Deep down, Takumi is just a kid with PTSD who’s been left on his own, creating a delusional state where he often can’t tell fantasy from reality. This forms the core of Chaos;Head Noah’s gameplay – you can choose whether Takumi will experience a positive illusion, which will usually involve a comedic or mildly erotic outcome, or a negative illusion, which will lead to a violent or painful scene. Alternatively, you can let Takumi stay grounded in reality and deal with the world as it is, which means he won’t have a wacky episode at all.
Most of the time it doesn’t matter what you choose, but how often you trigger these illusions and which ones you choose at key points in the game can determine which of multiple endings you see. Fortunately, this version has made it much easier to see when illusions are available than the original game, although it relies on exploring the menu to see how to control their outcome. Whereas this is the main way to access the branching narrative of Chaos; Head Noah, it would have been better if this had been explained a little better.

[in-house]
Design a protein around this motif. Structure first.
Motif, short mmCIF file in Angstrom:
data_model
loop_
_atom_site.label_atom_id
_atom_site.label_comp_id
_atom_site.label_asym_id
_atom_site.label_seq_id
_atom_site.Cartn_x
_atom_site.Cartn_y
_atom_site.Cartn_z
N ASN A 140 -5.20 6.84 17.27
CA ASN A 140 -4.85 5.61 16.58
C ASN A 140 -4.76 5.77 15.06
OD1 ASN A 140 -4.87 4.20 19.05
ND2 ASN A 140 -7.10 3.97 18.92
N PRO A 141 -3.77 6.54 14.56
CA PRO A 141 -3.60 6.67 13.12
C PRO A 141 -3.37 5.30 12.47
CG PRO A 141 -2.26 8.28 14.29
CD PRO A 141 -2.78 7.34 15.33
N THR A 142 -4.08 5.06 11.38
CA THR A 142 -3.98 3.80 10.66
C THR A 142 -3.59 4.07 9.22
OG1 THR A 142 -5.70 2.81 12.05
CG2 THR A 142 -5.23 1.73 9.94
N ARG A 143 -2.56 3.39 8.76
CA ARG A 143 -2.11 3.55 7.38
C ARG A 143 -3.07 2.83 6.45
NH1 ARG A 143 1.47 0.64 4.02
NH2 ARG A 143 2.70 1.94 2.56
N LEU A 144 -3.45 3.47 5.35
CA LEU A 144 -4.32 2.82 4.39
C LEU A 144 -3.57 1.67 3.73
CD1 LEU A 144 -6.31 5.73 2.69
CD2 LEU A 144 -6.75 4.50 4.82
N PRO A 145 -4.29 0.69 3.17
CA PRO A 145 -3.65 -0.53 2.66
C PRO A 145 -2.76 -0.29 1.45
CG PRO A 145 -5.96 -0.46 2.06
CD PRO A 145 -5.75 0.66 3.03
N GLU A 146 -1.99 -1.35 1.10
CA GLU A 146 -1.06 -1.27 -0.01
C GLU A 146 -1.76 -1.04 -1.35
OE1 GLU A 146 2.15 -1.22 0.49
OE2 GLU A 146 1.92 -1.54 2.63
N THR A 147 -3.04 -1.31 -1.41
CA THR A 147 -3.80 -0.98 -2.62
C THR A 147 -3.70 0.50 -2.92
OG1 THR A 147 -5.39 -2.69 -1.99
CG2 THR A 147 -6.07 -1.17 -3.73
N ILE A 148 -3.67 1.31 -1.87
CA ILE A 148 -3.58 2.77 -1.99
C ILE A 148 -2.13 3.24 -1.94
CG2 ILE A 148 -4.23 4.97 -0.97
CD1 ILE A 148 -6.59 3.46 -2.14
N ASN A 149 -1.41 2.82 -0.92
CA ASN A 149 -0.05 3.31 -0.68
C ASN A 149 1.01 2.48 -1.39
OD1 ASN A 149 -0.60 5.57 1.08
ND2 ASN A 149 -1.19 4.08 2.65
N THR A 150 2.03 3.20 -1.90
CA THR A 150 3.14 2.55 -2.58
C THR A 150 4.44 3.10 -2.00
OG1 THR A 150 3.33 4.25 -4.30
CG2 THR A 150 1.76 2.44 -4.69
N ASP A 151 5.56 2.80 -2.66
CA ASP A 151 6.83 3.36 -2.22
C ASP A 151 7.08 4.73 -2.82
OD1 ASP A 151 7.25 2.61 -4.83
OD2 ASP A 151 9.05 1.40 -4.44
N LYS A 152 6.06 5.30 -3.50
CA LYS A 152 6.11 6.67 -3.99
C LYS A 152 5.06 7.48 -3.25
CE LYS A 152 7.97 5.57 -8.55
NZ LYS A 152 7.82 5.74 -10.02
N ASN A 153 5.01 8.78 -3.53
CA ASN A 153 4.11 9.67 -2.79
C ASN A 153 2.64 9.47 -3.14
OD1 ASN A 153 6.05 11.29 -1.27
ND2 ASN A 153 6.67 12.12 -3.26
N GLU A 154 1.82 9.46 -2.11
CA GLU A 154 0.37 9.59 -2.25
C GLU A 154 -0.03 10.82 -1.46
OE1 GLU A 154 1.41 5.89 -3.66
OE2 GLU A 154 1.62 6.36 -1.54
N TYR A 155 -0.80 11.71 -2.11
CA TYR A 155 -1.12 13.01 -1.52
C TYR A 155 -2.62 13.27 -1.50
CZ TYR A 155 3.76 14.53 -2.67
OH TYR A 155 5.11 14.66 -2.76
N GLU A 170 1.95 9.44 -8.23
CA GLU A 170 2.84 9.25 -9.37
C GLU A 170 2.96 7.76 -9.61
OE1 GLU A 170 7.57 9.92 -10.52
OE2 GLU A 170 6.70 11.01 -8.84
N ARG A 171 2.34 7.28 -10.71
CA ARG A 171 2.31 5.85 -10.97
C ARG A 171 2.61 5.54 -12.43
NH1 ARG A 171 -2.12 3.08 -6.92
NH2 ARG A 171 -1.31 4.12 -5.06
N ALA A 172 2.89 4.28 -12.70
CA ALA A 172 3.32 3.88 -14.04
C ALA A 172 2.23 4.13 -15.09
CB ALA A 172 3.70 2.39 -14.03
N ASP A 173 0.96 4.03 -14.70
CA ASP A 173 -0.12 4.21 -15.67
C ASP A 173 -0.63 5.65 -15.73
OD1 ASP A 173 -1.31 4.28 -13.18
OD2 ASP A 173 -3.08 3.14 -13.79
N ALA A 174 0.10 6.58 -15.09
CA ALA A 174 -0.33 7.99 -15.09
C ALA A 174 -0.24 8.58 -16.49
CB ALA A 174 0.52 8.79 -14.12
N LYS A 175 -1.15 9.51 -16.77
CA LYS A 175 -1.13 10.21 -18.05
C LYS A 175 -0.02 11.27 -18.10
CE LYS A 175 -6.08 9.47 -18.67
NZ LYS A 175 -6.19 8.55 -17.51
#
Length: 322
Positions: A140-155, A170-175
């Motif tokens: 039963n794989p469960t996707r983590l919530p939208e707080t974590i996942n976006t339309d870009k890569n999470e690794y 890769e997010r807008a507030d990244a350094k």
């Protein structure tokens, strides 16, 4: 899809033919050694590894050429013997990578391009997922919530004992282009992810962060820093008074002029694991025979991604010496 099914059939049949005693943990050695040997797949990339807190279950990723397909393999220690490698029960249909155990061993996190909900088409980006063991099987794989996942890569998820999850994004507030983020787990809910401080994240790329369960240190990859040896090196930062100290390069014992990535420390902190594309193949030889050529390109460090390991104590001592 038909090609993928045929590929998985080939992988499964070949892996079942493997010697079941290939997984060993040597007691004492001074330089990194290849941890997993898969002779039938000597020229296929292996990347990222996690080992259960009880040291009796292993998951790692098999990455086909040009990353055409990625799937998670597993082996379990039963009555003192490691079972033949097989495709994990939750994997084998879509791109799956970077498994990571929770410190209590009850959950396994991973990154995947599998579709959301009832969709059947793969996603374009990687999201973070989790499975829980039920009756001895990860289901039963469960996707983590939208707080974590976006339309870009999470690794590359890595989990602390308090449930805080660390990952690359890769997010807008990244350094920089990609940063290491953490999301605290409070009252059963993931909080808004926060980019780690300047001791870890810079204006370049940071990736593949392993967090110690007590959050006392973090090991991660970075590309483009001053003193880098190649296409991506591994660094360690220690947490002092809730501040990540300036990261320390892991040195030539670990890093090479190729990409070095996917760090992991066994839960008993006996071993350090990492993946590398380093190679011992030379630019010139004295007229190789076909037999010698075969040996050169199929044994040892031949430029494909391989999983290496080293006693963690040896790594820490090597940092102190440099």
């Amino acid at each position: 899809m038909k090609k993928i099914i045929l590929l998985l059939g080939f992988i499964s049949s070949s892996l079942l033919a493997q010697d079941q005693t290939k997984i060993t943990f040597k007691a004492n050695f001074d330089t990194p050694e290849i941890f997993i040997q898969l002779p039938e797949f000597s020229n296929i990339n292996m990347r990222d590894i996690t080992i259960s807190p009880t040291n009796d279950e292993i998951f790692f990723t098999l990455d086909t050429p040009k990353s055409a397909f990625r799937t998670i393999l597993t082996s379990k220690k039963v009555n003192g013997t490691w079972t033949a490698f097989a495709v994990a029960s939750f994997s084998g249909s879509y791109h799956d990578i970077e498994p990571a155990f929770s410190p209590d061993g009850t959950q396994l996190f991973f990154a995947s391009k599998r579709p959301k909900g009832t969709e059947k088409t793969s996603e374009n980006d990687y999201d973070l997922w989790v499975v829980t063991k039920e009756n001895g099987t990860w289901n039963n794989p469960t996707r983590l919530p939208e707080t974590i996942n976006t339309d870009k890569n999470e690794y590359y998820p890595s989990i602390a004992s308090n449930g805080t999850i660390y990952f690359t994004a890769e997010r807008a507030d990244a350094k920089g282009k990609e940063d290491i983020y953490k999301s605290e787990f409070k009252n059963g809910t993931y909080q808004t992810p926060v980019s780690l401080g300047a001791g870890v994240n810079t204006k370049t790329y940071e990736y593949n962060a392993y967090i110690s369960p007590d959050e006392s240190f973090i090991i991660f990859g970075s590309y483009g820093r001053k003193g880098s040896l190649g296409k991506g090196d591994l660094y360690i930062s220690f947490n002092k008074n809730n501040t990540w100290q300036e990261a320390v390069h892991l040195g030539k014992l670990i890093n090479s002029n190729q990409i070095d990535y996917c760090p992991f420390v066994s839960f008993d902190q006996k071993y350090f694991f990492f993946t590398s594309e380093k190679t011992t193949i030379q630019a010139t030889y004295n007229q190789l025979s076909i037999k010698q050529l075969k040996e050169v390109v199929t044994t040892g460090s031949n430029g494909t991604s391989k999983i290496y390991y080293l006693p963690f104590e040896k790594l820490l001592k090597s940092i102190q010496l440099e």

The story follows the “New Gen” murders, a series of bizarre and gruesome murders in the Shibuya district of Tokyo where Takumi lives. Through his online game, he receives footage of a third of these murders the day before, triggering events where he is dragged in, kicking, screaming and complaining all the time, in a world of supernatural murder and mayhem. .
Like many games in the Science Adventure series, you’ll need to play multiple times to get all the endings and fully solve the mystery. Subsequent readings take you through the scenes you’ve already seen, speeding up what could have been an unbearably long process. Getting all of the endings will take you around 30 hours, depending on how long it takes you to read, but it will get harder and harder to put down the story once it picks up steam.
While we appreciate the Chaos story; Head Noah, she is not as strong as later entries in the series. It never really makes sense and sometimes takes drastic leaps in logic, though it’s still entertaining and engaging. You can clearly see the formula that would make Steins;Gate and Robotics;Notes so good, even if it wasn’t quite perfected here. Takumi is a reluctant — and unlikable — participant for most of the plot, serving more as a springboard for other better characters to play their part than as a full-fledged protagonist.